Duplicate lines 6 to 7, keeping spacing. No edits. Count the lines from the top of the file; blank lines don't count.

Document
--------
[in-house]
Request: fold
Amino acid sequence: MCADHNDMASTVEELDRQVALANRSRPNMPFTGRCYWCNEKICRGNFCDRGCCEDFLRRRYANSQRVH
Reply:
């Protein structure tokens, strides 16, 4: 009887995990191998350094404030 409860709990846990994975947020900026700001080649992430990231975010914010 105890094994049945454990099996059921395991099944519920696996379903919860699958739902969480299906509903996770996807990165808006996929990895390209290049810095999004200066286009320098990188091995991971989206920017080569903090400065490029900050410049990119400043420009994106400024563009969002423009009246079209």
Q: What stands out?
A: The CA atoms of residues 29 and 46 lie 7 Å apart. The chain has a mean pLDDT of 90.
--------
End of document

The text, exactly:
Q: What stands out?
A: The CA atoms of residues 29 and 46 lie 7 Å apart. The chain has a mean pLDDT of 90.